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Russell Webster

Russell Webster

Criminal Justice & substance misuse expert and author of this blog.

Tackling drug-related crime

Changes in probation and substance misuse commissioning, combined with the very significant cuts to the prison system, have made it much more difficult for drug and/or alcohol dependent offenders to get the treatment which they need to achieve recovery, in which society needs to tackle crime.

Why reducing drug-related crime is important

The prison drug treatment charity RAPt has just (12 May 2015) launched a series of briefings on a range of issues around drug-related crime. The briefings are based on the organisation’s experience but also on a large database of over 6000 drug and alcohol dependent offenders who have participated in RAPt’s intensive prison treatment programmes

The first briefing is entitled “Why reducing drug-related crime is important, and why the new government needs to act.”

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Substance misuse as a driver of crime

It is a well-known fact that a large proportion of crime is related to drug and/or alcohol use. Almost one third (31%) of arrestees who take heroin and crack report committing at least one property offence per day. According to the latest British Crime Survey (2013/14), victims of violent crime believed that their offender(s) were under the influence of alcohol in over half (53%) of an estimated 704,000 incidents.

In fact, a recent Home Office paper argued that the main factor behind the consistent drop in recorded crime over the last 15 years has been the significant increase in the number of offenders in drug treatment.

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It’s harder to get offenders into treatment

RAPt argue that any government that is serious about cutting crime must prioritise tackling drug-and alcohol-related crime. However, the charity says that recent changes to probation via the radical overhaul/privatisation that is Transforming Rehabilitation, and to the commissioning of drug and alcohol treatment – transferring responsibility to Local Authorities via Health and Wellbeing Boards – have meant that it has become increasingly difficult to get offenders into drug and alcohol treatment; the best way of tackling their offending.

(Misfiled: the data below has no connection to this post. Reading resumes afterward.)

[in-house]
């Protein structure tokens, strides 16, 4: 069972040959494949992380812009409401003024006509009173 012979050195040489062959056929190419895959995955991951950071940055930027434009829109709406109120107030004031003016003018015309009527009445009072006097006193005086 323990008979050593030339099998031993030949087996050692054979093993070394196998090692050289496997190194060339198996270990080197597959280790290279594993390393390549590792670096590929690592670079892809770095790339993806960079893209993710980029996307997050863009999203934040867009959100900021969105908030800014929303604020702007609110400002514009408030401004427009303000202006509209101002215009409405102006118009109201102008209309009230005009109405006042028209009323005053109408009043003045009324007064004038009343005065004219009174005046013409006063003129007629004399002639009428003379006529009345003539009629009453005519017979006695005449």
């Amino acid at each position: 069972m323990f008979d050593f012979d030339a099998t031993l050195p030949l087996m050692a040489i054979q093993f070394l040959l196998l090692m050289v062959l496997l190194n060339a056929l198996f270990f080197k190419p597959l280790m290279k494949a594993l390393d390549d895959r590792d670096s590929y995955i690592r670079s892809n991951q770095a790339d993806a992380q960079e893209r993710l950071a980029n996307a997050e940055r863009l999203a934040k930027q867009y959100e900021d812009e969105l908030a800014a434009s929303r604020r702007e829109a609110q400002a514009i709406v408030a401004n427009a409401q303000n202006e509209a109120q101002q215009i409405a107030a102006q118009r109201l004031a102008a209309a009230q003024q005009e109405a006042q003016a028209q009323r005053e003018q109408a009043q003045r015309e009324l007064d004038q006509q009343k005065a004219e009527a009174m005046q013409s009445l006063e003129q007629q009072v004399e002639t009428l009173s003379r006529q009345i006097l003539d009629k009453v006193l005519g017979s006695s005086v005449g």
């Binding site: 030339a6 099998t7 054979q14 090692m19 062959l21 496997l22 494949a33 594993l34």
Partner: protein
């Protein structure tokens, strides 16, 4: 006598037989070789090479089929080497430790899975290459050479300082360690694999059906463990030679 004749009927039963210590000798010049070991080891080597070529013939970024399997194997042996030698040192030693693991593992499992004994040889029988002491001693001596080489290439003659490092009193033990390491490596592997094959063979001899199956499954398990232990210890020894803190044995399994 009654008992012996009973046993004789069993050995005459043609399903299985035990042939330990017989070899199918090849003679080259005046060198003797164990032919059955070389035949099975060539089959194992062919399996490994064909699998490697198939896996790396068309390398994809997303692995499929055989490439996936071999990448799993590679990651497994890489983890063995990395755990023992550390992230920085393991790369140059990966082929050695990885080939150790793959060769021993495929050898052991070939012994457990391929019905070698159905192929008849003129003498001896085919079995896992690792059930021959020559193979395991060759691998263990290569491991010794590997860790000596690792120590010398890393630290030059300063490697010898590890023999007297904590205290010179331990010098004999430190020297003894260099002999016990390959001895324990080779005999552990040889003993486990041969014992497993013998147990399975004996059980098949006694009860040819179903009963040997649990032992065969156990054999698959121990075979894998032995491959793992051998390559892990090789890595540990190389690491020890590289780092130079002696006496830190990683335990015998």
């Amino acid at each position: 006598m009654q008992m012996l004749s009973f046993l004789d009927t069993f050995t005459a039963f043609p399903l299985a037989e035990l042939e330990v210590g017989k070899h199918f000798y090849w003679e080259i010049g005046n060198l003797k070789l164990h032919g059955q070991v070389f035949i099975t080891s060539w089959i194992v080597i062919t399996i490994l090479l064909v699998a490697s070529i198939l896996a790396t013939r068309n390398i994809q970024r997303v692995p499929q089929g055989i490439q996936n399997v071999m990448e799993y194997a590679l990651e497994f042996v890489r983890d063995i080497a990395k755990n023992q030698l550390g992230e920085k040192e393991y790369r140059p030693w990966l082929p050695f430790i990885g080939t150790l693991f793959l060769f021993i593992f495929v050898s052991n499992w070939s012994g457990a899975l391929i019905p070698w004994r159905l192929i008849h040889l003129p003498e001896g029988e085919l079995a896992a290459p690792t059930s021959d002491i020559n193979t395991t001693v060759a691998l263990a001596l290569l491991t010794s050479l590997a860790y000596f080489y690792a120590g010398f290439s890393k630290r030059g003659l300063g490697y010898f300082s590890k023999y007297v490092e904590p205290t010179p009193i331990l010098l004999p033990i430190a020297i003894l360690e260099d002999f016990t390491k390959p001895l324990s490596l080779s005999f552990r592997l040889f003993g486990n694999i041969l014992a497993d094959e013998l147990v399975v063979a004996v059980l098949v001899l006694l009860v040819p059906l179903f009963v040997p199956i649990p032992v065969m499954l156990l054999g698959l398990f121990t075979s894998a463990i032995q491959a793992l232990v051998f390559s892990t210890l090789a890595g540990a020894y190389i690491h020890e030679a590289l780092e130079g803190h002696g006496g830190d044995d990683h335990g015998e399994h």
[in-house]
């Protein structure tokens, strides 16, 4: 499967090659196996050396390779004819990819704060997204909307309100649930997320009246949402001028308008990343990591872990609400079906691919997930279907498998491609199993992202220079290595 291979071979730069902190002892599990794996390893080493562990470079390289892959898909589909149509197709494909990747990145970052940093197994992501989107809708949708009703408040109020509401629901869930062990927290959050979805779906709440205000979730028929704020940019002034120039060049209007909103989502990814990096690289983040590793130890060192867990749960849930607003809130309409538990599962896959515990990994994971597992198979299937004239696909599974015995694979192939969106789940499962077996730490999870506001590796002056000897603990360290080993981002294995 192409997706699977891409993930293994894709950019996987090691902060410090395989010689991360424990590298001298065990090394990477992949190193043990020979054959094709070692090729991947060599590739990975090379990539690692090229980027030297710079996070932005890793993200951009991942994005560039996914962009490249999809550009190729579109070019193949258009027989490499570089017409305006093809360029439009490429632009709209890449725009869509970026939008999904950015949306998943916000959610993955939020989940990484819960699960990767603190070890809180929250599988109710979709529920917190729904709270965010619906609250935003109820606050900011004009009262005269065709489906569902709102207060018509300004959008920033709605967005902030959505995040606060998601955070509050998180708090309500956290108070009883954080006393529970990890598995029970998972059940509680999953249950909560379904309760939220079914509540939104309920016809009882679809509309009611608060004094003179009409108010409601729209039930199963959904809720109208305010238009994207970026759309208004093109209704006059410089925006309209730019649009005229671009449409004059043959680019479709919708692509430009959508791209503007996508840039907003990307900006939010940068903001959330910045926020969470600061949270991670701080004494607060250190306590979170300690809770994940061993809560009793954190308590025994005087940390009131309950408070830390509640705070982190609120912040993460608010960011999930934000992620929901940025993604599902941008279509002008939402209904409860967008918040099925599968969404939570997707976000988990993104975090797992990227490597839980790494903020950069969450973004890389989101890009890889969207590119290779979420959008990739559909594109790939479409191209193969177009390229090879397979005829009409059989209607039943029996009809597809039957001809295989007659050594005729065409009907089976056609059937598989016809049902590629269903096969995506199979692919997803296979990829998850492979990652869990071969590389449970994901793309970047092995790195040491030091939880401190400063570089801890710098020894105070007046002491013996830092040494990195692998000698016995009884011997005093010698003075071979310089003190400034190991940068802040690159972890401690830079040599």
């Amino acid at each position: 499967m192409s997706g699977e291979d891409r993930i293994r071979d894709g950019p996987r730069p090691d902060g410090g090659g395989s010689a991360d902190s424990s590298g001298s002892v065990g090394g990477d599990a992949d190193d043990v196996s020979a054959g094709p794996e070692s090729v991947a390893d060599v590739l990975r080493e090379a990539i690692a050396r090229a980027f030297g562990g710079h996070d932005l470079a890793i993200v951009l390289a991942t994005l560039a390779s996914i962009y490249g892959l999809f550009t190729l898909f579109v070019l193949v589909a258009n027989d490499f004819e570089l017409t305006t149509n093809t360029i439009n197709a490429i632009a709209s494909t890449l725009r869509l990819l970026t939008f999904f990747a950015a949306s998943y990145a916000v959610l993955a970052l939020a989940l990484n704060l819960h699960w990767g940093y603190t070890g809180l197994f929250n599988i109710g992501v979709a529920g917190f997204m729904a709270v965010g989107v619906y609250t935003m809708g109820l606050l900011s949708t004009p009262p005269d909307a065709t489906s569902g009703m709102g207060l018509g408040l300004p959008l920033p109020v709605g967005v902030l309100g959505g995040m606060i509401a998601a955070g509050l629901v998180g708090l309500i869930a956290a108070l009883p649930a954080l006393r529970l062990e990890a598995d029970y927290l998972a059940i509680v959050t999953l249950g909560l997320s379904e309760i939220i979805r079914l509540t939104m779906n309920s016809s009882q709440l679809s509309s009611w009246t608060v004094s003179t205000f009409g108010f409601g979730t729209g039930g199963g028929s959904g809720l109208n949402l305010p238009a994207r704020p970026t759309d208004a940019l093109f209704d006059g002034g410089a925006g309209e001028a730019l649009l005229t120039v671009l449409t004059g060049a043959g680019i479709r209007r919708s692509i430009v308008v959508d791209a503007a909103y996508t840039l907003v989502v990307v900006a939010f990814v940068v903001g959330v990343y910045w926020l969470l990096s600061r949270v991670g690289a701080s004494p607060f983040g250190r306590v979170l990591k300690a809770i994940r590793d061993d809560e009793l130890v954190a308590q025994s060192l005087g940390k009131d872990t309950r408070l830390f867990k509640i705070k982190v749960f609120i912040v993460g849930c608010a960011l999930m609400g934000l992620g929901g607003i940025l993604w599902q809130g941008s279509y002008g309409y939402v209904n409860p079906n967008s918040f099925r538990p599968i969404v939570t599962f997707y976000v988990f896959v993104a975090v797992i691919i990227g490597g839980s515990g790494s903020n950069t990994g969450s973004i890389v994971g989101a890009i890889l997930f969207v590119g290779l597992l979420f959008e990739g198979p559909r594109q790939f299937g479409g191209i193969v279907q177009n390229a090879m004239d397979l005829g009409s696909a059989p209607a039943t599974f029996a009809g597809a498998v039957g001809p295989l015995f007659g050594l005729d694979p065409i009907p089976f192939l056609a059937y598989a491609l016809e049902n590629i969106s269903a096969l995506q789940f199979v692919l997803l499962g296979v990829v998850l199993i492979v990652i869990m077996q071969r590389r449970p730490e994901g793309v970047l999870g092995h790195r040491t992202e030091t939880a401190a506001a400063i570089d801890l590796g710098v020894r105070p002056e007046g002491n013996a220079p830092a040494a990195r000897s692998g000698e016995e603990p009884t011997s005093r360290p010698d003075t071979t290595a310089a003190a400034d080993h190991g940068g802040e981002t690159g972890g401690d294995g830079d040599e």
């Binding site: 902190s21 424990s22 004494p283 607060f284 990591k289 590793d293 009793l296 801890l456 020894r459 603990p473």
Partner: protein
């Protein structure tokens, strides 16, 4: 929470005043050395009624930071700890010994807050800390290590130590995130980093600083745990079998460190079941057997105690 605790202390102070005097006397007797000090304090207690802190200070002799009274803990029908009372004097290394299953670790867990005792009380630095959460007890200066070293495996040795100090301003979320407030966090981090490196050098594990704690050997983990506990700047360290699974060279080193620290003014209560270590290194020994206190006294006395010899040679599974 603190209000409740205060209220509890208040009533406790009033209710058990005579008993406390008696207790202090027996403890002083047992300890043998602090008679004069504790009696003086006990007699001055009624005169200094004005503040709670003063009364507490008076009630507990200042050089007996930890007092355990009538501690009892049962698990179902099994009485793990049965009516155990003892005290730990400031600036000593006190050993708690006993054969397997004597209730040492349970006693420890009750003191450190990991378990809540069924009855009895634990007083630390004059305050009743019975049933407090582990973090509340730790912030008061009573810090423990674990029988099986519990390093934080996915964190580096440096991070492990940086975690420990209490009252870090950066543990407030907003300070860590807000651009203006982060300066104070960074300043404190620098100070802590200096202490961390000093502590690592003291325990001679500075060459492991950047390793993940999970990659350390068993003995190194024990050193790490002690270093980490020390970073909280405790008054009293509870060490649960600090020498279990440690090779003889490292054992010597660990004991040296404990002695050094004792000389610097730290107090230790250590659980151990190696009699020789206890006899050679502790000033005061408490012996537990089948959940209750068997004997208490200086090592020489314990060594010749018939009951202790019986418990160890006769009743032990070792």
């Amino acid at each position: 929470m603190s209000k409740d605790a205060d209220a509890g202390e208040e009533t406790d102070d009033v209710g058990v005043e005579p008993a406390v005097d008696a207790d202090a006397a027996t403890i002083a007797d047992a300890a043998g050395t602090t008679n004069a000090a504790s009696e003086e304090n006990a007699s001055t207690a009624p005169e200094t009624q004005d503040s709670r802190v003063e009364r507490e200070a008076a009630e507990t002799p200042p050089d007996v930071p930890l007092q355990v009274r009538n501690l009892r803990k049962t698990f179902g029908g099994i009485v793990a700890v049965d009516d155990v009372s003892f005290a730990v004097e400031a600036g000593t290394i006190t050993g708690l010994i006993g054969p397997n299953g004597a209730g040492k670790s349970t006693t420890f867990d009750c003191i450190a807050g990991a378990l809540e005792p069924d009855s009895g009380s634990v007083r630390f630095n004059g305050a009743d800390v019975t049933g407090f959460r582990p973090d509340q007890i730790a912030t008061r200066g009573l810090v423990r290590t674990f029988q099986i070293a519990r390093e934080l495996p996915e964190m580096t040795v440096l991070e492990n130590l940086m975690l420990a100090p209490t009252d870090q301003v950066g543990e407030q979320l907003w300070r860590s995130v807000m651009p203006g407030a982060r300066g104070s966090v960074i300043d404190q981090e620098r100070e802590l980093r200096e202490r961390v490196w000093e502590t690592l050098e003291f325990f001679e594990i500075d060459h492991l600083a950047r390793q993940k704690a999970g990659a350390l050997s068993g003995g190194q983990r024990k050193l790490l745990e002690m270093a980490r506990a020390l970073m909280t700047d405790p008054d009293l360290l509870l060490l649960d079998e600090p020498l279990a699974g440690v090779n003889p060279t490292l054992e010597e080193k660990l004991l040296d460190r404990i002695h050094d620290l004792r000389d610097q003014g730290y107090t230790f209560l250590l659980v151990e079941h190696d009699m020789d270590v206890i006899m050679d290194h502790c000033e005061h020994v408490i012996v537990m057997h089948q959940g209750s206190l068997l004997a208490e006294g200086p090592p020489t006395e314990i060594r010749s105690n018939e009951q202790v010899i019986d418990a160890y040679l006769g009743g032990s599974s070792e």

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A successful model

Rapt describe their intensive 20 week, abstinence-based RAPt 1 coverprison treatment programme which features significant involvement from peers who have already graduated the programme.

The programme has been independently evaluated using the usual Police National Computer data and found to cut reoffending significantly. Only 31% of those who completed the RAPt programme were reconvicted in the year following their release – compared with 49% of those in a comparison group who received the standard prison drug treatment intervention (typically the Short Duration Programme). Those RAPt graduates who did reoffend, committed only half the number of offences as the comparison group. The overall reduction in the amount of recorded crime was an impressive 65% – not a figure that turns up in the Justice Data Lab evaluations.

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Government action required

The briefing concludes by arguing that changes in probation and substance misuse commissioning, combined with the very significant cuts to the prison system, have made it much more difficult for drug and/or alcohol dependent offenders to get the treatment which they need to achieve recovery, in which society needs to tackle crime.

The briefing ends with a plea for government to ensure that Health and Well-being Boards, the new probation Community Rehabilitation Companies, Police and Crime Commissioners and prison governors are all required to meet targets of reducing drug-and alcohol-related crime.

 

In the interests of transparency, it should be noted that Russell contributed to the development of this briefing alongside several RAPt employees.

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